But still QAnon flourished.

Showing that the liberal classes had failed to face up to the grievances that they had helped create. 

And they had no idea how to deal with this malaise.

And there was Brexit discord.

And MAGA uproar. 

And just as viewers…strugg…led……to ca…..tch…..th……eir…brea…th and make...sen…se of all this…inform…ation…

Then came Covid.

From outside these systems of power.

And this has helped expose just how deep the inequalities are.

The elite are getting richer as the markets keep rising in the pandemic.

One possible future is that individualism will disappear, and that science will find the way to manage everything.

And now the Biden moment, and hopes for a return to old stability.

But Trump and Brexit have shown that the enormous pressures from below will not go away.

Likewise, China, Russia and other societies are decaying, relying on surveillance to hold up their power.

But there’s another possibility to imagine, with completely new kinds of futures.

Where more people start to realise that they are being used by the tech companies, and that we are really stronger than we think.

And, in the words of the late David Graeber: 'the ultimate hidden truth of the world is that it is something we make, and could just as easily make differently'.

And Abu Zubaydah remains imprisoned in Guantanamo Bay.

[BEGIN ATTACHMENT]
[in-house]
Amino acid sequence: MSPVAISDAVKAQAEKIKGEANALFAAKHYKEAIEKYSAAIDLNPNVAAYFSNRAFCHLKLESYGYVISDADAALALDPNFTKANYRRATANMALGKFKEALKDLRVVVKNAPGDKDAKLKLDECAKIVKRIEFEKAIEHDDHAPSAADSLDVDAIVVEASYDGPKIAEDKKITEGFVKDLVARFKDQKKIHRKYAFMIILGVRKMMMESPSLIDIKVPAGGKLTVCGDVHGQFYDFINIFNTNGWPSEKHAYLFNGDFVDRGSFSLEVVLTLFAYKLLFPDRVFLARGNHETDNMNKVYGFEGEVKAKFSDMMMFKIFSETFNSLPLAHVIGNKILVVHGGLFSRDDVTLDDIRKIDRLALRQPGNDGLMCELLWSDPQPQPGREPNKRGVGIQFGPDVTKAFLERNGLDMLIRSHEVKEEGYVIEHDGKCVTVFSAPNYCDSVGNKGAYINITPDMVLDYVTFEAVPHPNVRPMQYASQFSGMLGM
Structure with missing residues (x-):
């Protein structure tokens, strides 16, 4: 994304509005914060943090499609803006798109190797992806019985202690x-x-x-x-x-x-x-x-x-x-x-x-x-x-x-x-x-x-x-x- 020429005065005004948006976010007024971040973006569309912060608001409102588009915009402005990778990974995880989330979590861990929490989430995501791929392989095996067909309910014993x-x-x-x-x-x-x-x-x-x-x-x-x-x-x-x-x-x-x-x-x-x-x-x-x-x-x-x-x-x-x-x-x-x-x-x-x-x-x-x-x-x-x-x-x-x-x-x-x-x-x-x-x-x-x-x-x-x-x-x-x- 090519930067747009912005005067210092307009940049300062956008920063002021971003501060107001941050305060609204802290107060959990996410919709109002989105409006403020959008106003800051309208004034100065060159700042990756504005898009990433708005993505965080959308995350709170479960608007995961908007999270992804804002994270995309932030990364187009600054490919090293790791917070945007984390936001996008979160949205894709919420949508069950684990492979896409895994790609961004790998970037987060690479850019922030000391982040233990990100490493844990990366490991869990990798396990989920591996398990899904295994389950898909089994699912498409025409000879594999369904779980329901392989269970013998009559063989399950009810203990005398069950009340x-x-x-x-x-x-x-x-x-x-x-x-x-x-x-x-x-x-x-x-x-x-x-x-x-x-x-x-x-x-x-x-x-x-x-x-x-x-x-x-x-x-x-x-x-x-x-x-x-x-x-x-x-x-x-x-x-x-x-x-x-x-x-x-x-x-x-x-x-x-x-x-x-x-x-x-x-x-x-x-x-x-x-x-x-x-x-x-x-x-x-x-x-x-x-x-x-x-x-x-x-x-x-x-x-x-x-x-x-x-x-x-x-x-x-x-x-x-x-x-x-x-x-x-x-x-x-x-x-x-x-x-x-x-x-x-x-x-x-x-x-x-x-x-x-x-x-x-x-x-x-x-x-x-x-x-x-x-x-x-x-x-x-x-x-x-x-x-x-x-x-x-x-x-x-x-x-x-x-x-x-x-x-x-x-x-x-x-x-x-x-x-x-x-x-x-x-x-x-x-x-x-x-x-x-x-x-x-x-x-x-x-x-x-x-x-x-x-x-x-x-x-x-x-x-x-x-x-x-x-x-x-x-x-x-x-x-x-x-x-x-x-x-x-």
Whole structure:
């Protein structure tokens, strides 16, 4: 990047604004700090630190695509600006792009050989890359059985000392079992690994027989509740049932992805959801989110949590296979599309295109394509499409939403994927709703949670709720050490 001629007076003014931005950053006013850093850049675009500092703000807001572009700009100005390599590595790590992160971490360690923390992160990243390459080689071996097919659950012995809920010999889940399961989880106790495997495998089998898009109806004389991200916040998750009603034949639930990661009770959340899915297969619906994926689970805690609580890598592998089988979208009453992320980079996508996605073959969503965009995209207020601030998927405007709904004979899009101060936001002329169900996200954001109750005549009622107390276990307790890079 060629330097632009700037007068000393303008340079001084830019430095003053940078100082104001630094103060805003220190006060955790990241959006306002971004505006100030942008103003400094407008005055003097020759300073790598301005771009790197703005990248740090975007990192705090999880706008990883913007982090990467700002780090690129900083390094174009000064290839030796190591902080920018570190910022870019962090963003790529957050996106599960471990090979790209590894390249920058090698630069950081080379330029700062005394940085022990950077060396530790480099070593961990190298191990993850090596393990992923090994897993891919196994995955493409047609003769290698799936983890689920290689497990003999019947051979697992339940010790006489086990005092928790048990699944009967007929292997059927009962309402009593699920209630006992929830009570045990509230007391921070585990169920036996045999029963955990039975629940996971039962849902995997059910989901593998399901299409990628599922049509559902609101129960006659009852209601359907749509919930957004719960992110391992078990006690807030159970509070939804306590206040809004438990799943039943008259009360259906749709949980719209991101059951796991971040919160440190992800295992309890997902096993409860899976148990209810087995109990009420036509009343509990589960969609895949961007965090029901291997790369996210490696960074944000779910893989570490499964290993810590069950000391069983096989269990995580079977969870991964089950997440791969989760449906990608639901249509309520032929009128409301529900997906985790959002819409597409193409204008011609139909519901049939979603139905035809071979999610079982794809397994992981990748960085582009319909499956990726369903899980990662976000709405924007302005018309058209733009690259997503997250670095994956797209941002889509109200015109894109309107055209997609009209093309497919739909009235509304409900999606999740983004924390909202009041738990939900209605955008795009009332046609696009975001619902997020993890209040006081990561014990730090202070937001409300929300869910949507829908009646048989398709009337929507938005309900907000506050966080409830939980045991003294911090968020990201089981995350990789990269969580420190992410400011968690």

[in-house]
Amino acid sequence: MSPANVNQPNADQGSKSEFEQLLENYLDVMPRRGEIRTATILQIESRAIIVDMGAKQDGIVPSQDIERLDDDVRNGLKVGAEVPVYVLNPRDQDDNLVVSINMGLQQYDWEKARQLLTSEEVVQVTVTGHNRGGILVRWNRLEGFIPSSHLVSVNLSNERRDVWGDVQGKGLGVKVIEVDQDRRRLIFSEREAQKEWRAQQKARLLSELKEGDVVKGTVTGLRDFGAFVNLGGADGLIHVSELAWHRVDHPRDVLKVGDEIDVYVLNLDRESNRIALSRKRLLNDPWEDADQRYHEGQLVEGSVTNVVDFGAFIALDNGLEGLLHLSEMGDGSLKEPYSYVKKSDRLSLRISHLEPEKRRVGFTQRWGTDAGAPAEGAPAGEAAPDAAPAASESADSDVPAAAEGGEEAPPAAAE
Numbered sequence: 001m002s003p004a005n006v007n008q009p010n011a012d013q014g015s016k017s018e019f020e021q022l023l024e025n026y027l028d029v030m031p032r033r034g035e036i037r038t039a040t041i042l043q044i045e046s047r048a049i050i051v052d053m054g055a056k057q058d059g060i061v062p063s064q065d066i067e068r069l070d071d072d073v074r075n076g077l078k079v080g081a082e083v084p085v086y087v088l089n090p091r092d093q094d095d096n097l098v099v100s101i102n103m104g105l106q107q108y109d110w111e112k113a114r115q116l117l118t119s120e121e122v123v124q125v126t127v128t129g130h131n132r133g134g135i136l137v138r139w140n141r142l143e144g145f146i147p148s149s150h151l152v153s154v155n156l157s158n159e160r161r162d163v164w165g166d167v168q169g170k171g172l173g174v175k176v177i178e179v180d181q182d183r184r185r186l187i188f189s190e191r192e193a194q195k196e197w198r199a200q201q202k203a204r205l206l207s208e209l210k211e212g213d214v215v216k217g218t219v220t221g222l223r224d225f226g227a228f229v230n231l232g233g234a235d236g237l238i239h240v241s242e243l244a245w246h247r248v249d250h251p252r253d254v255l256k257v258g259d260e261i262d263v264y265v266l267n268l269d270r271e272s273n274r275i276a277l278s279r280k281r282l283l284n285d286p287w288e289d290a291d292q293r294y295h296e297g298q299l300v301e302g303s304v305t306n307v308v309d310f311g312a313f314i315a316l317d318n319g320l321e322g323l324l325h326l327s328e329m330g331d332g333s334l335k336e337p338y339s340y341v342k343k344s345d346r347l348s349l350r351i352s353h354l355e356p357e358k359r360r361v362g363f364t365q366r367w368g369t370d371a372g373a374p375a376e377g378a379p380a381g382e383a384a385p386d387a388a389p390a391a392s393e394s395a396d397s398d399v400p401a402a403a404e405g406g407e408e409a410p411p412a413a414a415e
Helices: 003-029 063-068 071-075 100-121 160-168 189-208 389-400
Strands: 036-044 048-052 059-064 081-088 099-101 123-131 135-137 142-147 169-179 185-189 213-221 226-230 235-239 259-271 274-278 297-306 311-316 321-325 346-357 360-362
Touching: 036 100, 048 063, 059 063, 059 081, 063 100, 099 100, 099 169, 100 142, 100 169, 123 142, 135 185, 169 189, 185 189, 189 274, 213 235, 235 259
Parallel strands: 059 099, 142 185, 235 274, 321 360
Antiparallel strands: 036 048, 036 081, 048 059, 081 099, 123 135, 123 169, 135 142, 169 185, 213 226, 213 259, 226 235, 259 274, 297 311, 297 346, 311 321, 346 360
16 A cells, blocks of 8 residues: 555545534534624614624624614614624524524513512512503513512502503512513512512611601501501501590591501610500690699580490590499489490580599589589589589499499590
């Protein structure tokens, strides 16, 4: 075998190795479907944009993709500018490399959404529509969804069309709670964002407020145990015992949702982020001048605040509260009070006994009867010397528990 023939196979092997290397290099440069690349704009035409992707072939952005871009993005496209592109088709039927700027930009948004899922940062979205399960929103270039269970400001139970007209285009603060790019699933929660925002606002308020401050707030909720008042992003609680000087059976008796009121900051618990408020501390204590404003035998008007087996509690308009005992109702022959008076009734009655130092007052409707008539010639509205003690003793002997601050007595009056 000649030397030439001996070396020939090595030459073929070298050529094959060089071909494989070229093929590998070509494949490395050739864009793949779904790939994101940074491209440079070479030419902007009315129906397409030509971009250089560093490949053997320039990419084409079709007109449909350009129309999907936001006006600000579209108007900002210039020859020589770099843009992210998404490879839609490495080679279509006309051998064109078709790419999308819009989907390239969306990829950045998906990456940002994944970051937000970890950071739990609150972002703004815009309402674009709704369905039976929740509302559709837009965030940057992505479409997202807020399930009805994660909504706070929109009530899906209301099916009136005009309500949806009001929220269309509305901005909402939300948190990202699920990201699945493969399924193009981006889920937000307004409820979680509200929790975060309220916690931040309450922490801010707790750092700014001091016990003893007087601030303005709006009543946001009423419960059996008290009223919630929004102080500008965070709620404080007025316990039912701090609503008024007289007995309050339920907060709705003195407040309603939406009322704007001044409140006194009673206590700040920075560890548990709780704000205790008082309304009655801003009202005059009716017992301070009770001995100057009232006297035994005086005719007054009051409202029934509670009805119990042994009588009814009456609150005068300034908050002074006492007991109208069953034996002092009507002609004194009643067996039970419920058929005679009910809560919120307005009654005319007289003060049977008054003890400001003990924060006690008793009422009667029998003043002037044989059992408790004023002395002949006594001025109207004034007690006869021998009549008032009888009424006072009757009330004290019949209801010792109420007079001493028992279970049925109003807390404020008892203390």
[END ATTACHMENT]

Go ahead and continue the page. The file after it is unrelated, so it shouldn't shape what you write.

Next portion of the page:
Adam Curtis has said this of his series:

"What I wanted to answer is, why did we go from this idea of confident empowered individuals who would move through the world as autonomous confident creatures, to millions and millions of us being anxious and uncertain and I'm frightened of the future? At the same time, almost frozen without any idea of what an alternative future could be. And if you're going to do that, you've got to tell a history of what went on in inside people's heads, as much as what went on outside. And what's the relationship between the two: what happens when all sorts of ideas, from power and politics, get into our heads in an age driven by feelings."

A seemingly laudable and ambitious exercise. 

Yet, after this mind-rushing, multi-packed ‘telling of history’, many viewers may be left not only exhausted and perplexed about the actual meaning of that task, but wondering whether Curtis ever really aspired to it.